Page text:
The study population of the second phase of the Canadian Study of Longevity in Type 1 Diabetes consisted of 75 older adults with ≥ 50 years of T1D, and 75 age- and sex-matched controls. Participants with T1D were recruited consecutively from those who took part in the mail-based survey of the first study phase [2123] and controls were spouses, friends or other family members of T1D participants, or were recruited through community advertisement. Inclusion criteria for T1D participants was ≥ 50 years of diabetes duration and inclusion criteria for controls was sex-matched 1:1 and within 5 years of age of a T1D participant. Inclusion criteria common to both controls and T1D participants was the ability to understand and cooperate with study procedures. Exclusion criteria for controls included: 1) presence of diabetes mellitus, or fasting plasma glucose exceeding 7.0mmol/L; 2) pre-existing kidney disease. Exclusion criteria common to both controls and T1D participants were any current eye infection, corneal damage, severe movement disorder, or proparacaine allergy that could have precluded safe in vivo corneal confocal microscopy examination. All participants provided written informed consent, and the study and its procedures were approved by the institutional ethics board at the University Health Network and Mount Sinai Hospital in Toronto, ON, Canada.

Clinical evaluation and nerve conduction studies (reference standards)

All included participants underwent physical examination, clinical evaluation for medical history, review of medication usage, and neurological evaluation of neuropathic signs and symptoms. The Toronto Clinical Neuropathy Score (TCNS) exam score and Michigan Neuropathy Screening Instrument (MNSI) questionnaire and exam scores were calculated based on these evaluations [2729]. Standard NCS examinations were carried out using the Counterpoint device (Alpine Biomed Corporation, Fountain Valley, California) according to the standards of the American Association for Neuromuscular and Electrodiagnostic Medicine [30]. A total of 10 sensory and motor parameters from the dominant limb peroneal, tibial, and sural nerves were obtained. Peak-to-peak AMPNCS and CVNCS were measured at a fixed distance of 140 mm. Peroneal nerve amplitude potential, conduction velocity, and F wave latency were also measured. All sensory nerve conduction results were acquired following antidromic stimulation of the nerve. Stimulating probes were placed according to the discretion of the trained technician and limbs were maintained above 32°C. Standard NCS measures were obtained over a 2-minute period for each patient. We note that NCS measures were obtained while T1D participants were undergoing euglycemic clamp procedures, where, for purposes of renal hemodynamic function testing, blood glucose was measured every 15 minutes and insulin infusion was adjusted to maintain glucose between 4 and 6 mmol/L for 4h.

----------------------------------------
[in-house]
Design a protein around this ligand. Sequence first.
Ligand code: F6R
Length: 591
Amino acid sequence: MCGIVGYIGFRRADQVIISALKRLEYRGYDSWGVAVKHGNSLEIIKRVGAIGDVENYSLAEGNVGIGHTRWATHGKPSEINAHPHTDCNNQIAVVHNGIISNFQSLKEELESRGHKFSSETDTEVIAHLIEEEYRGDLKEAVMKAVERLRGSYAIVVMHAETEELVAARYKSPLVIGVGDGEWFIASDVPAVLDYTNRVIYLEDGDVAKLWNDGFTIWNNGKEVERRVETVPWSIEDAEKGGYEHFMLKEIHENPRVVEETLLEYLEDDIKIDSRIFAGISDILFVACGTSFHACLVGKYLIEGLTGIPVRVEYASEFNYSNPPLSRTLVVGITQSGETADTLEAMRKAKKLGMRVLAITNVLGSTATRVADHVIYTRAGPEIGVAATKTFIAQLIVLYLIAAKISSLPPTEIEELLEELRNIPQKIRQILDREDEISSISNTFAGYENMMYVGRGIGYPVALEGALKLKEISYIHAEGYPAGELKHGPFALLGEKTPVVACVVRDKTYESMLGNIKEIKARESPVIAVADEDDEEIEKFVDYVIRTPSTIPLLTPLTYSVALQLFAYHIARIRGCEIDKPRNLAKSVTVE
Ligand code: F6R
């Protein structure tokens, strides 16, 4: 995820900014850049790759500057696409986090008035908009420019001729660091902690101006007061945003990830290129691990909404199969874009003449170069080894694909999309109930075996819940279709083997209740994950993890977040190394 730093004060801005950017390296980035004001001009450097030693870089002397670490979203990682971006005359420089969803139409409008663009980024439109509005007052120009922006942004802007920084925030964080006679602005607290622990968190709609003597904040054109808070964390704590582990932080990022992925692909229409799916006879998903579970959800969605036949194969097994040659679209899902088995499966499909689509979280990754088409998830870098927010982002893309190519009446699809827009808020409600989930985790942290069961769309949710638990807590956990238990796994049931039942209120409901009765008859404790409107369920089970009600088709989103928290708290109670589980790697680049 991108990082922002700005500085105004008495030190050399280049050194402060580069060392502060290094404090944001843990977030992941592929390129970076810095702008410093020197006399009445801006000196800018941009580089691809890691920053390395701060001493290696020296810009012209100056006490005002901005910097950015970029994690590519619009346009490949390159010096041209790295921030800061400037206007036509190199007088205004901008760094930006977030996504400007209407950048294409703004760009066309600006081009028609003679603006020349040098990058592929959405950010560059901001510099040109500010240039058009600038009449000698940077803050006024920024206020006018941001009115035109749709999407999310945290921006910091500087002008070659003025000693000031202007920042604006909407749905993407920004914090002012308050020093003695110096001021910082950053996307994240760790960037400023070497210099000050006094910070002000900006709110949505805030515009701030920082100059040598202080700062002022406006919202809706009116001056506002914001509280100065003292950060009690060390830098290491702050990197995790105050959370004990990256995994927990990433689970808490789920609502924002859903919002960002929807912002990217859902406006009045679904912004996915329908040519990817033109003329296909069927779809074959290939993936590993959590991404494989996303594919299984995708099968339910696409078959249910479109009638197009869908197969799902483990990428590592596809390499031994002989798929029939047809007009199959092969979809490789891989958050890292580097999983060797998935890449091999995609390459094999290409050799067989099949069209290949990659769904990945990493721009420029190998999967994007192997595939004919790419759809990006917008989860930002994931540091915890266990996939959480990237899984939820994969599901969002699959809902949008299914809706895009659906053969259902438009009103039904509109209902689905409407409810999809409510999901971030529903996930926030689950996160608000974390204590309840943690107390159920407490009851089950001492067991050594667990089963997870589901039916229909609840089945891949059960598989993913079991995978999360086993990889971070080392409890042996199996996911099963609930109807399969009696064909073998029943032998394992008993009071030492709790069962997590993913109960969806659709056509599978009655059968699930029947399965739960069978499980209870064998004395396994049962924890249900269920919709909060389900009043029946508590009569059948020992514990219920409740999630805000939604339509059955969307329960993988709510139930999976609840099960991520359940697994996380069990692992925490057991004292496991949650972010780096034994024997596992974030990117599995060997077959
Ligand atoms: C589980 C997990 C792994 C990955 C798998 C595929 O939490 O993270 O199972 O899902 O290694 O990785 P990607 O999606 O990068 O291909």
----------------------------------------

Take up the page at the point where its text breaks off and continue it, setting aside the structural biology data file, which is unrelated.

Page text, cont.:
We used the following four reference standard definitions: 1) Abnormal sural nerve amplitude, defined by AMPNCS value ≤7.2μV for patients less than or equal to 65 years old and ≤5.5μV for patients older than 65 years old;[31] 2) Abnormal sural nerve conduction velocity, defined by CVNCS value ≤40m/s;[31] 3) the Toronto consensus criteria of the American Academy of Neurology, the American Academy of Electrodiagnostic Medicine, and the American Academy of Physical Medicine and Rehabilitation, defined by the presence of one or more abnormal reference standard NCS parameters in both the sural nerve and peroneal nerve of the dominant lower limb, corroborated by the presence of a clinical sign and/or symptom of neuropathy;[9, 10] and 4) a modified electrophysiology-based Toronto consensus, defined by the presence of one or more abnormal reference standard NCS parameters in both the sural nerve and peroneal nerve of the dominant lower limb.